My patchy dirges

Heyoes!

After exploring VCV for two weeks or so, it’s time for me to start getting my money’s worth out of the whole 0 Euro I invested into it so far, and make full songs rather than small sketches with it.

In general, I use Reason as my DAW to make music. I’m not interested in using VCV as a fully self-contained system, I want to integrate them together. My ideal software would be Reason, with front-patched VCV modules living directly in the rack. Once the official VST is available, I hope to get close to this ideal.

For now, I’m using loopback devices on Windows: VB-Cable to create virtual audio channels, Loopmidi to create virtual MIDI channels, and ASIO4All to create virtual audio devices combining multiple real devices. A bit wonky, but reliable. By contrast, Bridge has many performance issues for me, and Reason doesn’t support sending MIDI to separate channels, so it is hard to integrate, and VeeSeeVST agreed not to compete against the upcoming paid VST, so while it works well today it has no future.
Let me know if there’s interest in documenting this loopback setup in more detail, but there’s not much more to it, just install the software and pipe it together.

So! Here’s a little squelchy abrasive techno tune I quickly banged out today to put VCV to use. All the synth voices come from VCV, the drums are done with Reason, and the effects are a bit of both.
It’s really just four straightforward monosynth voices done with VCV, I still have trouble getting very musical results when trying too many weird patching ideas at once.

The Banquet of Mutuals Turns Into Bi v. Pan Discourse and Dessert is Canceled:

No video, only a Soundcloud link, because of my setup I can’t easily record audio and video at the same time. But here’s rack pics!

The two programs sure look like they’re meant to be used together, don’t they?

Playing around with VCV naturally pushes me towards crafting harsher sounds, I’ll have to try to do something different in a future song.

2 Likes

Wow j’aime vraiment beaucoup ! The synth sounds are awesome!
Very nice song :slight_smile: Looking forward to listening more from you !
Welcome to the community :wink:

Thanks for sharing your music and the details about using Reason with VCV Rack. The screenshots are awesome, and I agree that the synths sound great. It will be fun to hear other things you do!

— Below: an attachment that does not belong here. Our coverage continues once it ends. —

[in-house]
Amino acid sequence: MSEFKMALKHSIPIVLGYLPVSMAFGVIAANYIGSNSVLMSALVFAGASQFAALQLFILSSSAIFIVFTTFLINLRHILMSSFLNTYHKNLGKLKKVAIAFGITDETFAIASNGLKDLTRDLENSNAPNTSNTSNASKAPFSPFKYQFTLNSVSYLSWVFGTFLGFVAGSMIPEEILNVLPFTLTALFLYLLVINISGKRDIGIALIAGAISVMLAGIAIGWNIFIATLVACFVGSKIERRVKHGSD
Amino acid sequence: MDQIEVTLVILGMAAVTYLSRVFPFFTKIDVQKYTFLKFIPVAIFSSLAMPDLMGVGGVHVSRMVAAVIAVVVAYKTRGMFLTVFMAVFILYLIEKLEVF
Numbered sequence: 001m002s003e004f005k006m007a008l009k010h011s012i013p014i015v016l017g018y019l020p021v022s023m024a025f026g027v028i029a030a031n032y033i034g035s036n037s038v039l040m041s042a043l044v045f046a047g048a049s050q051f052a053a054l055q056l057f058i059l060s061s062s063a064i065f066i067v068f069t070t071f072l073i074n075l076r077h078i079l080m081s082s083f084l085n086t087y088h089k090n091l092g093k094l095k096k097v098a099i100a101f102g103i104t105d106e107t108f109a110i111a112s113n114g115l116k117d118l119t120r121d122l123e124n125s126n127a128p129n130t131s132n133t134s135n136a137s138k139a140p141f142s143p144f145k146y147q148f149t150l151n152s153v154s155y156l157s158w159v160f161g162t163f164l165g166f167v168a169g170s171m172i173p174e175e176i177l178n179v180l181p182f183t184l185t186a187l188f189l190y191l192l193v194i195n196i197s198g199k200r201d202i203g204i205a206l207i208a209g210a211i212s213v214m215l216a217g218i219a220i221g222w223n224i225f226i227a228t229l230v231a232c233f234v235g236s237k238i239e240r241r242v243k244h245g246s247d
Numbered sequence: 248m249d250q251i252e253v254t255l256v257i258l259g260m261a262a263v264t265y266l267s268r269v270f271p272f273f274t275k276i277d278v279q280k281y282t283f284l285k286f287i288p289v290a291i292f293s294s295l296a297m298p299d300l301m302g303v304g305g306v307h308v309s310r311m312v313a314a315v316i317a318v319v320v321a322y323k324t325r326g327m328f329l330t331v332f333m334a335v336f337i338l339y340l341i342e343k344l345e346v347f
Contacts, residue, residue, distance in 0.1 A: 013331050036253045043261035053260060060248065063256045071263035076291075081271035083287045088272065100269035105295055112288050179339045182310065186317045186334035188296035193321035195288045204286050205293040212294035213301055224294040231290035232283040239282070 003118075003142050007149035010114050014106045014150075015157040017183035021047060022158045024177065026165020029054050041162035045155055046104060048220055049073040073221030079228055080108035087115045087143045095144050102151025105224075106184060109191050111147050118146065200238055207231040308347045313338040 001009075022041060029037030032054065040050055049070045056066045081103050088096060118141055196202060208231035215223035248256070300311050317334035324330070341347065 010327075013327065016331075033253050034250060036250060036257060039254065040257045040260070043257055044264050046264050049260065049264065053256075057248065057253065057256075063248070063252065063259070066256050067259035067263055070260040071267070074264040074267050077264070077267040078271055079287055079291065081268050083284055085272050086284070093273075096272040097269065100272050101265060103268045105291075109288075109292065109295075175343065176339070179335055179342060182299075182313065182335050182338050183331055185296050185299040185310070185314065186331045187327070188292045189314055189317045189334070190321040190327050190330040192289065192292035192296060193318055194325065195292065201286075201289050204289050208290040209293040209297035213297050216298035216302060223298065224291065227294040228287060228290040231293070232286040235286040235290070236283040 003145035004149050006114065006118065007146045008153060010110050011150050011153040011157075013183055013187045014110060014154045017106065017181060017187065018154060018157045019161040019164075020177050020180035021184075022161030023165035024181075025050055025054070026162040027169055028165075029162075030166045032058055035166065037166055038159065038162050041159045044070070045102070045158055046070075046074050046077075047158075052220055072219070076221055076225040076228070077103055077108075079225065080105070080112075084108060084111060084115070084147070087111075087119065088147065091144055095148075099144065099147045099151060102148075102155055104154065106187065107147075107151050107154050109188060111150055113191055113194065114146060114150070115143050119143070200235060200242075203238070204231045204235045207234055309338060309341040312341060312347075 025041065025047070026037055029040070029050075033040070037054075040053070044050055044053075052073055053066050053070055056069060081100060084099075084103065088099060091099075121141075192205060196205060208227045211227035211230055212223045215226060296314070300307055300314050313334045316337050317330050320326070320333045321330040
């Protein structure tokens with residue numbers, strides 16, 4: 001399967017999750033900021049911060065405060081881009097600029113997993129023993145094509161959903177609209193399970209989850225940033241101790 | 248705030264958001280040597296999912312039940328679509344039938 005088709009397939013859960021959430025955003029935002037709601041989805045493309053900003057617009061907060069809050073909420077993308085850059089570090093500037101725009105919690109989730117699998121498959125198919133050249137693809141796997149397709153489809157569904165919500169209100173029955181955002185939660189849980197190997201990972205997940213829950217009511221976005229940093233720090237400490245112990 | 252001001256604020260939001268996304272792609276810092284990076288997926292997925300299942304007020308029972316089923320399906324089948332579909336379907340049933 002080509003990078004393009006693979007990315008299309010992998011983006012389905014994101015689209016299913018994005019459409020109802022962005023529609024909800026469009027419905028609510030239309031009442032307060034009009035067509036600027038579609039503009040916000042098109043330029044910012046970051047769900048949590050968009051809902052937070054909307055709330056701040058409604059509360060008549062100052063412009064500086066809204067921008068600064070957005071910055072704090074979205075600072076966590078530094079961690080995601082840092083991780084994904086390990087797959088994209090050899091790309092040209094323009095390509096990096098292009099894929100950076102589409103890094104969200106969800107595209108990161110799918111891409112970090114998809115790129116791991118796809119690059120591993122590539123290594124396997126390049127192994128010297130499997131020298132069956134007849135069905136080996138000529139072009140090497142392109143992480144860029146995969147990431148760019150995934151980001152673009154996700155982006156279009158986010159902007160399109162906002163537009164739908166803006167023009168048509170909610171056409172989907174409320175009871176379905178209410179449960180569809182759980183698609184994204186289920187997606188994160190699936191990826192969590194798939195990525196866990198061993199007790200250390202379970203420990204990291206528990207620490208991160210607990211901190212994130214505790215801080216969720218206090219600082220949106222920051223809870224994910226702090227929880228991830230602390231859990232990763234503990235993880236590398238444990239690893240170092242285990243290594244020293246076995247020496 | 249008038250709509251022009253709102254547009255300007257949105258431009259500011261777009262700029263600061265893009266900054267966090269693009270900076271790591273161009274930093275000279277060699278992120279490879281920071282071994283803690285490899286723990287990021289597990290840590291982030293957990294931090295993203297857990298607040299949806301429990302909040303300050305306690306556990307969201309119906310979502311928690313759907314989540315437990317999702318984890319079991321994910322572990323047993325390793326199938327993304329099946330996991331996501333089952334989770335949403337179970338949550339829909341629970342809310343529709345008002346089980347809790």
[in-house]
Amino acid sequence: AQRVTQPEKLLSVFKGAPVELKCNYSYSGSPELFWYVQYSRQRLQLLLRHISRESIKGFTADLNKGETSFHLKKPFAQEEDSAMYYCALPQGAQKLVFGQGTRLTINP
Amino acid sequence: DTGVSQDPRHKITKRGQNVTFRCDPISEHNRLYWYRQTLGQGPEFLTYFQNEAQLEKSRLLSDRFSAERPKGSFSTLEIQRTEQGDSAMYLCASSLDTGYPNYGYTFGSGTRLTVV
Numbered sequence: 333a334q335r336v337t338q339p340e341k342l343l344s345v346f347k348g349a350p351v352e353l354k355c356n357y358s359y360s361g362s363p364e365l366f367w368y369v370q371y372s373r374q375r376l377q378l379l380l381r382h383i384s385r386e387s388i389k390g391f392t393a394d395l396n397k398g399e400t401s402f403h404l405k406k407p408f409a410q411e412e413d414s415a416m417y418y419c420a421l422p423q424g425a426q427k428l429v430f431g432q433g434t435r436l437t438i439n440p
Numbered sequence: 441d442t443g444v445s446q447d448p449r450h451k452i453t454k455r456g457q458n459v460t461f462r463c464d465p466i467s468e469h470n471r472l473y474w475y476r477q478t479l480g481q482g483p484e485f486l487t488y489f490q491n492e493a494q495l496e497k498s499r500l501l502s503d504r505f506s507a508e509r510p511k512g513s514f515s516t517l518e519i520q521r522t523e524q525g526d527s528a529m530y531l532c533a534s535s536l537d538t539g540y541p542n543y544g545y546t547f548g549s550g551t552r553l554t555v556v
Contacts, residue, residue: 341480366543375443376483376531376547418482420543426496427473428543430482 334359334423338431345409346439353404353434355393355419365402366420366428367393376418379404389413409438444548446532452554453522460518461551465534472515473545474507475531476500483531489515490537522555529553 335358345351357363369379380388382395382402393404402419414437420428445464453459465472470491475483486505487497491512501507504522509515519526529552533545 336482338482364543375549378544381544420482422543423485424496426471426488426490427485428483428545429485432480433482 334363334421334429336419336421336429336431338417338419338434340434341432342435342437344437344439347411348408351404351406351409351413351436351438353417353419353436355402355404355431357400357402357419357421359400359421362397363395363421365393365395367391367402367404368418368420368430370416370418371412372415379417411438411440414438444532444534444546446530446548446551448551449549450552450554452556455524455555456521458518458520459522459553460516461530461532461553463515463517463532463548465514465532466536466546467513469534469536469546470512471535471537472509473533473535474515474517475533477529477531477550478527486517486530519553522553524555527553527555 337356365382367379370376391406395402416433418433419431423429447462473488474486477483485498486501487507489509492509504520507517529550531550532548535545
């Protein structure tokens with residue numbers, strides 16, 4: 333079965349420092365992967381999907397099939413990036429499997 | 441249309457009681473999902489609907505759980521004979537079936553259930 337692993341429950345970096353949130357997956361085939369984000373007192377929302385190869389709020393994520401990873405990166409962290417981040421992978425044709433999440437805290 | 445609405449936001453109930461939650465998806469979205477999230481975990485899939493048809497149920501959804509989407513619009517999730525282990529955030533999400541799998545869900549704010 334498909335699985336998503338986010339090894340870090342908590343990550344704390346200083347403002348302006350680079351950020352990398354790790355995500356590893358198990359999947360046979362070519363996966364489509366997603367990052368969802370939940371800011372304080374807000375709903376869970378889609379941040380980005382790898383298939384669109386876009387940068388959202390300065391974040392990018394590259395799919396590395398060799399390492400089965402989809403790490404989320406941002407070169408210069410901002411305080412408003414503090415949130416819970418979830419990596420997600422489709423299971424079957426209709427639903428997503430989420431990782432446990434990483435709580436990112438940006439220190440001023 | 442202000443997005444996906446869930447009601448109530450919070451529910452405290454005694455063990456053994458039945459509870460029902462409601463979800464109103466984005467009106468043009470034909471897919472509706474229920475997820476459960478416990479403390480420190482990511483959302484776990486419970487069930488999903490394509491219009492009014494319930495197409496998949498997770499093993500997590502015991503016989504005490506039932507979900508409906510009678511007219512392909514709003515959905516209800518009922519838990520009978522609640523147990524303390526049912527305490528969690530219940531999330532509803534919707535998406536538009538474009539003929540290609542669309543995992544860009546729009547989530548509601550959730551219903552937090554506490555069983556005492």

Thanks for the nice comments!

Today I spent some time trying out making a voice-controlled song (plus getting TouchOSC rigged up to VCV). Here’s a live jam of it:

Donated my Upload to the Algorithm so my Soul will be Reborn as a Powerful Vocaloid

(please get used to the long and stupid song titles, it is a thing i do)

This one only uses VCV. The patch uses the microphone, detects the current note, coerces it to the C minor scale, makes a chord from it, vocodes the note rhythmically, and plays the chord.

Here’s the patch, if you wanna try it out: https://patchstorage.com/vocoder-song-control-the-entire-song-with-the-mic/

If you try it out, I’m still very new to VCV: any idea how to simplify it? I might be doing things the hard way. Suggestions welcome.

3 Likes

It’s a super fun patch and video. It’s hard to believe that you’re new to VCV Rack. Again, I’m excited to see what you come up with next.

Thank you! Well, I have a lot of experience with Reason, and while it’s a studio rack metaphor, a lot of similar CV techniques are possible (although many users don’t really explore them) so I could get started quickly.

Another track I finished today:

Freshest Blingees in the Malaise Game

Another song using both Reason and VCV. This one is very light on the patching tricks and has no generative behaviors. Once again, just a stack of four synth voices. I focused on making those voices expressive, using velocity, mod wheel and pitch wheel.

The pitch bend wheel thing gave me a bit of trouble. Is there a standard way to implement pitch bend in VCV? I’m just adding the V/OCT and a scaled down PW input, and I had to use a tuner to discover the magic value for five semitones (9.129%). I know the modular crowd isn’t a huge fan of the whole 12-TET thing, but sometimes it’s comforting to have old-school western pitches, you know.

There is some amount of subtle randomization happening in the Reason player devices (e.g. the bass notes during the break are 100% random), so I ensured that the video I took was also the final rendering take. Because of the loopback setup I use, the VCV parts cannot be rendered offline, they have to be frozen to audio first. So if the computer can’t keep up… welp.